On the Amtrak train that carried us across Montana, Matt Boone met a girl from outside our group, and they sat together with a complimentary blanket over their laps. Nobody could see their hands. Meanwhile, in the club car, a drunk woman continued trying to kiss me. My classmates shrieked with laughter and the woman tried to put them in their place. “I’m one hundred percent pure fucking Eskimo! You hear me? Pure fucking Eskimo!” She downed another shot-sized bottle of Jack Daniels, and climbed over a table to try to get to me. I felt uneasy. I wasn’t sure anybody should be saying “Eskimo.”
The other time a woman tried to kiss me, it was my geometry teacher’s wife. We all knew she was a Mail Order Bride. Her English was poor, but she’d had enough of something. At a faculty party, at my friend’s parents’ river house, the M.O.B. and I were alone in a bedroom. She was hiding from the other wives, who were not mail-ordered, and who did not rub their husbands’ feet at functions, even when asked. She told me about the ghosts in her own home, and how that’s why she’d had to burn it down by stuffing newspapers in the oven. Her face was a perfect oval. I didn’t realize she was coming in to kiss me, close, on the mouth, I thought she had another secret to tell. I slammed a door against her. It wasn’t because she was Filipina. But I knew I couldn’t go back to geometry class on Monday, or ever. Luckily, I had only ever wanted to paint.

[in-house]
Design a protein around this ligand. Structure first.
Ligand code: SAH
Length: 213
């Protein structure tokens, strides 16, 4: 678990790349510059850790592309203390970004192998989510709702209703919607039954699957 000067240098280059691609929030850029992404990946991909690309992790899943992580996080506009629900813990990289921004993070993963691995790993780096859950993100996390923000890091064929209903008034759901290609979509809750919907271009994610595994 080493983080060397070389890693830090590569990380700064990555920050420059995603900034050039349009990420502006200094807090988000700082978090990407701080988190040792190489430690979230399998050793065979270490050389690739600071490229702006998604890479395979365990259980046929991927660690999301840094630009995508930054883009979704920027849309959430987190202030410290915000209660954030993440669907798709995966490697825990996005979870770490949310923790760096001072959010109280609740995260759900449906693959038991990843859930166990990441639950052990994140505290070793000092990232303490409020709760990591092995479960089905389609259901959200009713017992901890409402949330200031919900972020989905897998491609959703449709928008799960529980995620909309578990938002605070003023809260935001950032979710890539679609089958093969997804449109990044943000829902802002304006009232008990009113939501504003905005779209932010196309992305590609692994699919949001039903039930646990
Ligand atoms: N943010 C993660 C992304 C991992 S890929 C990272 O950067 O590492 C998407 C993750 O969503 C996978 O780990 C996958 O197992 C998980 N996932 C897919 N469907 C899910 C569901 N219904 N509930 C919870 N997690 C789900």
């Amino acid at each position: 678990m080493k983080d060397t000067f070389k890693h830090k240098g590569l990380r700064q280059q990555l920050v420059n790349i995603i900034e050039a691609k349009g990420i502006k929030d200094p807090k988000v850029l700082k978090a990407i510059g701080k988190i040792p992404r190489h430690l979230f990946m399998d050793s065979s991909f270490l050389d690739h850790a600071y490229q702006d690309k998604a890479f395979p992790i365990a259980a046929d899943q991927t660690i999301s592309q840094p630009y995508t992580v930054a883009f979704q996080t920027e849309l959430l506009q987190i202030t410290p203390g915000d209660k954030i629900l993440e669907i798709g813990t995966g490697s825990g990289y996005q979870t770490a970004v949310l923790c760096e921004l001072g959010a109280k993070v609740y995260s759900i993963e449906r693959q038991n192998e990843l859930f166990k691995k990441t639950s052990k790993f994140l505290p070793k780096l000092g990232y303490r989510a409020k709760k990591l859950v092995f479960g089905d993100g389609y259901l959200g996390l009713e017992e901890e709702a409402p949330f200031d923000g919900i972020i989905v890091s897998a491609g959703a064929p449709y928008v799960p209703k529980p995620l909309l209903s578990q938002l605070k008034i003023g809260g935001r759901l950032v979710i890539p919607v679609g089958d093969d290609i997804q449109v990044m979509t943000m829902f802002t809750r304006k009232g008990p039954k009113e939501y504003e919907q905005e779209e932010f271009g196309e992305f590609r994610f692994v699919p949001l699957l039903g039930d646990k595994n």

The prettiest woman I ever saw caught me staring. I was on my fifth date with her fiancé. He’d picked me up at dog training class three weeks before; his dog was better than mine, and he helped me say, “Cody, stay” and “Cody, wait,” less pleadingly. She stood in the arc of my doorway. I began to understand the relationship between the three of us while I studied her cheekbones, gaped at the cup of her clean, strong collarbone that miraculously left room for me inside of it. “I know what you’re thinking,” she said. “And it’s not going to happen.”
The Eskimo woman had worn a ring. She only needed to land one wet kiss to settle down and tell me about it. It had eight stones – one for each of her children. One for each of her throwaway bottles of Jack. One for me, she said, for listening. She passed me a bottle.
The M.O.B. wasn’t crazy. She had only sniffed me out, amid all the pacing females in that river house, as one of her own. Her kiss seems now a welcome, a sorrowful induction into the fold.
I’ve got a stone of my own now, pulling heavy on my left side, and the fiancé to boot. The thing I think I’m supposed to say is that the difference, this time, is that I chose him. But what if I said, instead, that I’m one hundred percent pure fucking Ohio River Valley, and I waited for him all the time? That I sat at home in no underwear and a too-short dress, nursed my bourbon, and left it to fate that he’d come to claim me.
Monday I sat scraping the hard skin off my heels with a paddle that was a gift from his mother. It was a first for me and I’d worked up a little sweat going at it. But I was getting somewhere. I was becoming a different kind of woman. Then out of nowhere he was home and in the room with me. I hid my feet under my body and let him kiss me through his usual smile, furious.